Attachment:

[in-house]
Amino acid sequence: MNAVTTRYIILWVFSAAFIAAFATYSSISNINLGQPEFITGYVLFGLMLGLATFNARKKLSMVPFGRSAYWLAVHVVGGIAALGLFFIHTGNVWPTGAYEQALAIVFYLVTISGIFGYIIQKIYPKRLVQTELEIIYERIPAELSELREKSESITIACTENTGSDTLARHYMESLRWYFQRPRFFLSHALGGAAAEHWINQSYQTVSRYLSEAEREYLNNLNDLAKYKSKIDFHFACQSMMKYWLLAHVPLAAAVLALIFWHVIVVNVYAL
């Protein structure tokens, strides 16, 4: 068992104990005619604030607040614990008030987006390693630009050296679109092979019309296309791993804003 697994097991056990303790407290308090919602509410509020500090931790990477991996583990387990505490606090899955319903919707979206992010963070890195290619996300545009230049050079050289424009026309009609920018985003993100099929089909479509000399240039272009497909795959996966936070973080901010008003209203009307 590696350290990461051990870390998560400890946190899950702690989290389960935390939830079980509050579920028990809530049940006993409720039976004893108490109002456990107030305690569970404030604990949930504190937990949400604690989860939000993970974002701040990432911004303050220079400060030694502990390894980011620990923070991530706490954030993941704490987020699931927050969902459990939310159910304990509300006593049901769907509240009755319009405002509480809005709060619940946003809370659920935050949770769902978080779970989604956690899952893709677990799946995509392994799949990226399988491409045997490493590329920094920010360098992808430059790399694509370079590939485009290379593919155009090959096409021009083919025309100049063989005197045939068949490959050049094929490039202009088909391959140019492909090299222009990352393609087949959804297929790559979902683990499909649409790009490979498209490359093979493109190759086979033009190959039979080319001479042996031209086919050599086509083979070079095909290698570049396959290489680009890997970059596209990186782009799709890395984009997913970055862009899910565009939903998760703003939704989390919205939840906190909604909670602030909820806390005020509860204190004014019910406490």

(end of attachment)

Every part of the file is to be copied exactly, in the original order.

[in-house]
Amino acid sequence: MNAVTTRYIILWVFSAAFIAAFATYSSISNINLGQPEFITGYVLFGLMLGLATFNARKKLSMVPFGRSAYWLAVHVVGGIAALGLFFIHTGNVWPTGAYEQALAIVFYLVTISGIFGYIIQKIYPKRLVQTELEIIYERIPAELSELREKSESITIACTENTGSDTLARHYMESLRWYFQRPRFFLSHALGGAAAEHWINQSYQTVSRYLSEAEREYLNNLNDLAKYKSKIDFHFACQSMMKYWLLAHVPLAAAVLALIFWHVIVVNVYAL
């Protein structure tokens, strides 16, 4: 068992104990005619604030607040614990008030987006390693630009050296679109092979019309296309791993804003 697994097991056990303790407290308090919602509410509020500090931790990477991996583990387990505490606090899955319903919707979206992010963070890195290619996300545009230049050079050289424009026309009609920018985003993100099929089909479509000399240039272009497909795959996966936070973080901010008003209203009307 590696350290990461051990870390998560400890946190899950702690989290389960935390939830079980509050579920028990809530049940006993409720039976004893108490109002456990107030305690569970404030604990949930504190937990949400604690989860939000993970974002701040990432911004303050220079400060030694502990390894980011620990923070991530706490954030993941704490987020699931927050969902459990939310159910304990509300006593049901769907509240009755319009405002509480809005709060619940946003809370659920935050949770769902978080779970989604956690899952893709677990799946995509392994799949990226399988491409045997490493590329920094920010360098992808430059790399694509370079590939485009290379593919155009090959096409021009083919025309100049063989005197045939068949490959050049094929490039202009088909391959140019492909090299222009990352393609087949959804297929790559979902683990499909649409790009490979498209490359093979493109190759086979033009190959039979080319001479042996031209086919050599086509083979070079095909290698570049396959290489680009890997970059596209990186782009799709890395984009997913970055862009899910565009939903998760703003939704989390919205939840906190909604909670602030909820806390005020509860204190004014019910406490």